When we think about a sapphire, we often picture a vivid blue colored gemstone. Despite the fact that sapphires can come in a wide variety of colors, we tend to associate them with the blue color. This is due to the fact that in antiquity, any blue colored stone was considered to be a sapphire. In fact, the word sapphire is derived from Sappheiros, the Greek word for the color blue. After studying the properties of certain stones, only the blue colored conundrums were considered to be sapphires. However, nowadays, the sapphire is not characterized by its blue color as it can come in a wide variety of colors. Still, the color of the sapphire often determines it value. The Sapphire color chart can be a useful tool for a person who is passionate by jewelry.
The classification of colored gemstones has been a complicated concept for centuries. For a long time, people relied on descriptions which were not standardized. Despite the fact that these descriptions included various color shades, the way people pictured those shades were different so it was very hard to spot quality stones. A sapphire color chart does not always solve the problem of spotting quality. One must also consider other characteristics of the stone. Nowadays, there’s a universal method of determining the validity and quality of a sapphire and it is based on three main elements: hue, tone and saturation. The hue is the basic color of the jewel. Natural sapphires don’t have a uniform color. On the contrary, in most cases sapphires have a main color and one or two secondary color components. The tone refers to the lightest or darkness of a stone and the saturation refers to the intensity of the color. All of these three elements are essential in determining the value of a sapphire. A natural sapphire might also present certain inclusions which will influence the color of the stone and so can the stone cut. A jewel cutter must cut the stone based on its initial shape in order to find the best shape that will show the stone’s full brilliance potential.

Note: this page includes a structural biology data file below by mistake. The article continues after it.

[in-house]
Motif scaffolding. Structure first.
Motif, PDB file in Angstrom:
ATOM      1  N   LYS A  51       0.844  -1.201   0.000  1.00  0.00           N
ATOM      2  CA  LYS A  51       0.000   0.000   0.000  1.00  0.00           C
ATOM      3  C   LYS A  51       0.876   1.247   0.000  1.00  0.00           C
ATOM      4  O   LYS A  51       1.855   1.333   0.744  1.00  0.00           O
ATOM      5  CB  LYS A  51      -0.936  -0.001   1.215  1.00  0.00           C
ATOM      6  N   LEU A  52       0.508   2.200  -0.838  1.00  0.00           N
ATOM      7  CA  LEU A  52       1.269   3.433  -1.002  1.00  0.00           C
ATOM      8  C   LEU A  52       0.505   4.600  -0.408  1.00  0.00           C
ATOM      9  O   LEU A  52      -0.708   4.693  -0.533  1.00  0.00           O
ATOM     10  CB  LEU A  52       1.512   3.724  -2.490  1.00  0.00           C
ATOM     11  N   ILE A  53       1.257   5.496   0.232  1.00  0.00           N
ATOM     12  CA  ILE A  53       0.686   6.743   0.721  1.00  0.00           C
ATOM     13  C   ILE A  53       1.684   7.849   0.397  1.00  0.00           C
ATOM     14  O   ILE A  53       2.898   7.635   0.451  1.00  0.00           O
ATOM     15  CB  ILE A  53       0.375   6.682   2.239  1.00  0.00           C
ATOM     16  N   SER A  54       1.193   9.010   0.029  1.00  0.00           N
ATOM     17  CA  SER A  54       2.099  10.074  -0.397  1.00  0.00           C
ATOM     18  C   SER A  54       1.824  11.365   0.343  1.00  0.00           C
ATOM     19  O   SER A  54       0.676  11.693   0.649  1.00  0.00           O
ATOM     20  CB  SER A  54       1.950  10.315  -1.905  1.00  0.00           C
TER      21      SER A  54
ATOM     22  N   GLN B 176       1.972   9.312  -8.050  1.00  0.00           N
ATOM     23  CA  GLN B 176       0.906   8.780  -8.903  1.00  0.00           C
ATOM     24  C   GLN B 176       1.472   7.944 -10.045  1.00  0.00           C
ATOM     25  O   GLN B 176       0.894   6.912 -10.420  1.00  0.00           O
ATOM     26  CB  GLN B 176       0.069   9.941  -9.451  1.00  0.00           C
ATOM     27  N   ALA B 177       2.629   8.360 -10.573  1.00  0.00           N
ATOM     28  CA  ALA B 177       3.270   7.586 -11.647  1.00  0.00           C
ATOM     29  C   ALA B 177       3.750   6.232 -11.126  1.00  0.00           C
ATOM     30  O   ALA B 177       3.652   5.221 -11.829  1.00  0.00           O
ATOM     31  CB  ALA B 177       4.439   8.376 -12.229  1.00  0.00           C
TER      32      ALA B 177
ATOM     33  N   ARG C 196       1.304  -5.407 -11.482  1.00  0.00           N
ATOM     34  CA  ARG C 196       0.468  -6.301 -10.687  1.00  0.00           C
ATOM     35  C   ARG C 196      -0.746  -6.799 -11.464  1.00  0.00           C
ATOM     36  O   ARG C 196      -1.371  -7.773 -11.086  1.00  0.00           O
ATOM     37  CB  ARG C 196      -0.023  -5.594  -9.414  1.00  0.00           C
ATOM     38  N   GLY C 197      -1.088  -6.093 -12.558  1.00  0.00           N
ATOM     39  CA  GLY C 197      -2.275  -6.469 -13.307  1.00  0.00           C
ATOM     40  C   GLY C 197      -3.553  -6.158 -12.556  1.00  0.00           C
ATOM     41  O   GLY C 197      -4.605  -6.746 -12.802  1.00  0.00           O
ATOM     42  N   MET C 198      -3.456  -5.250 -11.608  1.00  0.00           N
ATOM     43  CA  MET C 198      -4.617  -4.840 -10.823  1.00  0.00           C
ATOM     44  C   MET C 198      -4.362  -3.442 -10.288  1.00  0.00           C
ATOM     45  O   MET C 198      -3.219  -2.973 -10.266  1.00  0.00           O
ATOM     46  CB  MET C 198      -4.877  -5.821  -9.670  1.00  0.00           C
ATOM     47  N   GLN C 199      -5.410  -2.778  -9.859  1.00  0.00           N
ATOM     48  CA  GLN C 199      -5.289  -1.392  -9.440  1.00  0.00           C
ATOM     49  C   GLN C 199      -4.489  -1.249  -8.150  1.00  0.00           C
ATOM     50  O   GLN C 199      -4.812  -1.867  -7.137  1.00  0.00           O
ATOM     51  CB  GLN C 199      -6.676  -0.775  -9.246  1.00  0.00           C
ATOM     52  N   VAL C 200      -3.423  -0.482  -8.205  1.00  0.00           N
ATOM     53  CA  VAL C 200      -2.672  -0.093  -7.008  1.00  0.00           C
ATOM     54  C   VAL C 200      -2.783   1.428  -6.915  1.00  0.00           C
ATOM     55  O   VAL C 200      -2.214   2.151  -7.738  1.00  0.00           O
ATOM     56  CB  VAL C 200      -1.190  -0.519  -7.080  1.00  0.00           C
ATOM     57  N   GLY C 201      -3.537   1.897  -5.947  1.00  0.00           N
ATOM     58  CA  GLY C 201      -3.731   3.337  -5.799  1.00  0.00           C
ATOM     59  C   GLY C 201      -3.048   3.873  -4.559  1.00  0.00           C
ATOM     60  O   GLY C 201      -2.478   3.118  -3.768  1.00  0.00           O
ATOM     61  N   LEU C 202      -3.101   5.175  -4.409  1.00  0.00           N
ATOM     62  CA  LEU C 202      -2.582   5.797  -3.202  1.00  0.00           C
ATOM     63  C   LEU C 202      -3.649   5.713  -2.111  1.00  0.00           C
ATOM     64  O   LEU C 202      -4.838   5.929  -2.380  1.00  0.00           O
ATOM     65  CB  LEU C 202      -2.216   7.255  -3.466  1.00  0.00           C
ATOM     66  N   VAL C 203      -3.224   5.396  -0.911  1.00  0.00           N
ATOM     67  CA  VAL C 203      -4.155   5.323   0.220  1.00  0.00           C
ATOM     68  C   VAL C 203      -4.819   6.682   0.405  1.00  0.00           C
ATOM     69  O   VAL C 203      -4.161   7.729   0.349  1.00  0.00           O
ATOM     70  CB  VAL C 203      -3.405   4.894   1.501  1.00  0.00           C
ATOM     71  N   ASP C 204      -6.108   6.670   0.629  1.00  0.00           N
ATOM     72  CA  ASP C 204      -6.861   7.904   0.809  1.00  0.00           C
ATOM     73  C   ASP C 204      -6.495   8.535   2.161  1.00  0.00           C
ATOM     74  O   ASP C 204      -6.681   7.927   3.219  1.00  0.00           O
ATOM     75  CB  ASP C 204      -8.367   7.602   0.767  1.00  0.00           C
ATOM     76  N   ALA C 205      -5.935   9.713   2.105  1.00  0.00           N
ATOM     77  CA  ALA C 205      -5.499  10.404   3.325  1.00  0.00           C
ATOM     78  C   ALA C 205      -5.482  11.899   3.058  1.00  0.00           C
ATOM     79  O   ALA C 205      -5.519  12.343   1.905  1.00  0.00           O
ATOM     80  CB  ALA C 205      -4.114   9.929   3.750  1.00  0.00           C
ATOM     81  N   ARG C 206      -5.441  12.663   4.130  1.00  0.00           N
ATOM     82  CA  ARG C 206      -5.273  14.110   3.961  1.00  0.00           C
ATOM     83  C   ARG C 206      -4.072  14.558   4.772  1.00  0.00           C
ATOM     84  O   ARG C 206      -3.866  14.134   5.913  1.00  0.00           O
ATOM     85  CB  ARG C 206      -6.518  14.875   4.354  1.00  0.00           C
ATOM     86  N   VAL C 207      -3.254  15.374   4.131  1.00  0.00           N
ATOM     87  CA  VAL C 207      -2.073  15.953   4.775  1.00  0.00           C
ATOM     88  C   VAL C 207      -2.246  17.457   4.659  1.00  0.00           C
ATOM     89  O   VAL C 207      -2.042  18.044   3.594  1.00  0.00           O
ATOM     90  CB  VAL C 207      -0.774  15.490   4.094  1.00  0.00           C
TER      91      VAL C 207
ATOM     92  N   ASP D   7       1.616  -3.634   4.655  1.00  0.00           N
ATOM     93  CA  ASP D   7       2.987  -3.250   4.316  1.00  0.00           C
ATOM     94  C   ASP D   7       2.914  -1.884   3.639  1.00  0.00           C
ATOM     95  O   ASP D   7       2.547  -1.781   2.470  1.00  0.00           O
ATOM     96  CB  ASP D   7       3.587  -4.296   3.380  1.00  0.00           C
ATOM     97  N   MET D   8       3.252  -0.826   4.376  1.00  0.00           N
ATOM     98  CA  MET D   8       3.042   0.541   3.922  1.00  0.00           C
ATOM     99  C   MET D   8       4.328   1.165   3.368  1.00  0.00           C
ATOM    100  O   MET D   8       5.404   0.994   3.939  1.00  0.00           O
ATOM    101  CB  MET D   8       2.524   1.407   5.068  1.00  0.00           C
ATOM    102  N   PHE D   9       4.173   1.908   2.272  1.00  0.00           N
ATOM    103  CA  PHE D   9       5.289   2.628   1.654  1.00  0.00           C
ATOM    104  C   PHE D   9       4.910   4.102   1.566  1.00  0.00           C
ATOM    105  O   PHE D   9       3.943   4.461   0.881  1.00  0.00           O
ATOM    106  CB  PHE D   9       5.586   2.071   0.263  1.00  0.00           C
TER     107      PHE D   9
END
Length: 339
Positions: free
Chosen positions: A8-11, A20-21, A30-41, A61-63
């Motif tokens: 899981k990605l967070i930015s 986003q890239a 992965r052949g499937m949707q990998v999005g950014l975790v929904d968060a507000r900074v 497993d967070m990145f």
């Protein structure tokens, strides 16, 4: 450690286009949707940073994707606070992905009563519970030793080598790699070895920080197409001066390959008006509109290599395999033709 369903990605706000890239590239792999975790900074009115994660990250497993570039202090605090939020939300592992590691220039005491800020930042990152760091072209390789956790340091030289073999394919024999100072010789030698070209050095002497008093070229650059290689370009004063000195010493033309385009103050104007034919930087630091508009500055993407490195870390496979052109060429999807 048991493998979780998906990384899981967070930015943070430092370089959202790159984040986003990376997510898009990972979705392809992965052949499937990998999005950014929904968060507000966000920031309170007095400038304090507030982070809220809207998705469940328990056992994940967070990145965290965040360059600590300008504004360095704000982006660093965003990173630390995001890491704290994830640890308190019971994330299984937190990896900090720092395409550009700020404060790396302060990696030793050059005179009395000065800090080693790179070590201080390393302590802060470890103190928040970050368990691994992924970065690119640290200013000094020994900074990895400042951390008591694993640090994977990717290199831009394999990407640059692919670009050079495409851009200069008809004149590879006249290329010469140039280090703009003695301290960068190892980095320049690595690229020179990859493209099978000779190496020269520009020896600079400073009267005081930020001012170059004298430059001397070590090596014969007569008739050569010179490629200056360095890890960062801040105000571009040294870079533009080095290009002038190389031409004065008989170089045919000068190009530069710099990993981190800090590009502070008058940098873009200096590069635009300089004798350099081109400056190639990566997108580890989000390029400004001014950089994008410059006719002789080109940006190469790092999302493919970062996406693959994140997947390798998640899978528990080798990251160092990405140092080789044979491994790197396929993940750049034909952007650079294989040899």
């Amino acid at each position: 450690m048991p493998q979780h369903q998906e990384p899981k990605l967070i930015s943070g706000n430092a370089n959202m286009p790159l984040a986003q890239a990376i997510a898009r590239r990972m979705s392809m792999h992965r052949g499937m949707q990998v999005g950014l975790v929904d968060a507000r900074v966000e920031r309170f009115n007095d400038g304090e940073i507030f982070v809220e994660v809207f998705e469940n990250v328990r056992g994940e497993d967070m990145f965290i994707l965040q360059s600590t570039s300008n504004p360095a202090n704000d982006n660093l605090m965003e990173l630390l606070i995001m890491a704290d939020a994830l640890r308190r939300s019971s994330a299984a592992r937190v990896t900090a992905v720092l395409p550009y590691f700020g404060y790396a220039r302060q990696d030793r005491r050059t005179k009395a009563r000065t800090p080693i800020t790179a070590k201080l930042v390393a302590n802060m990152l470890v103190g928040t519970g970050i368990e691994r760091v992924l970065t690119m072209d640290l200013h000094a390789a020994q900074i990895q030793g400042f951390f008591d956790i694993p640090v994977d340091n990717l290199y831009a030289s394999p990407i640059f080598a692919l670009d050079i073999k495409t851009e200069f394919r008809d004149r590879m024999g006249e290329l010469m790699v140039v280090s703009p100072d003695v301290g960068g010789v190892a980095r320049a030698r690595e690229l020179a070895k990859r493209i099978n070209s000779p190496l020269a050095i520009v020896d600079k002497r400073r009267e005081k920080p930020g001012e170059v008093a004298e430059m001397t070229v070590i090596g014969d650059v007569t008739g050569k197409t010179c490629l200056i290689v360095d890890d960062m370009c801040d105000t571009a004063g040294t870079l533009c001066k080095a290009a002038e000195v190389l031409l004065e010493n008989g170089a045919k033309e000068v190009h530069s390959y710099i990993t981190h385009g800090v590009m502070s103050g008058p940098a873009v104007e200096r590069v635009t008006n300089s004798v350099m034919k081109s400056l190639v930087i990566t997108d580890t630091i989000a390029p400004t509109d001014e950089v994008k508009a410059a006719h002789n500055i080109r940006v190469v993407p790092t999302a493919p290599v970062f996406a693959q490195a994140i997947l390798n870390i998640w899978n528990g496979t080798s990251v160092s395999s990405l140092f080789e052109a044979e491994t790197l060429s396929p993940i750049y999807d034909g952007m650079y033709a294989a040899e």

Aside from the sapphire color chart a person who is interested in purchasing a sapphire must keep a few things in mind.For starters, if you purchase a blue sapphire, it should have more inclusions than other colored sapphires. The fewer inclusions the stone will have, the more valuable it will be. Official ratings can also help you but only if you buy from licensed jewelers. The official rating system for inclusions looks like this: VVS, VS, SI1, SI2. I1, I2, I3. The first three grades are the best ones as they refer to saphires which have minimal inclusions. The SI2 sapphires have a few inclusions which are visible under a magnifier and the last three grades refer to cheap sapphires whose inclusions are visible with the bare eye. Another thing that you need to know is that heat treatment is not a very bad thing. You are still purchasing a natural sapphire but it has suffered a heat treatment in order for its color to be intensified. Last but not least, avoid buying stones according to their origins. While it is true that certain mines produce more quality sapphires, this isn’t always the case and paying for the origin of a sapphire is just as meaningless as paying a product for its brand.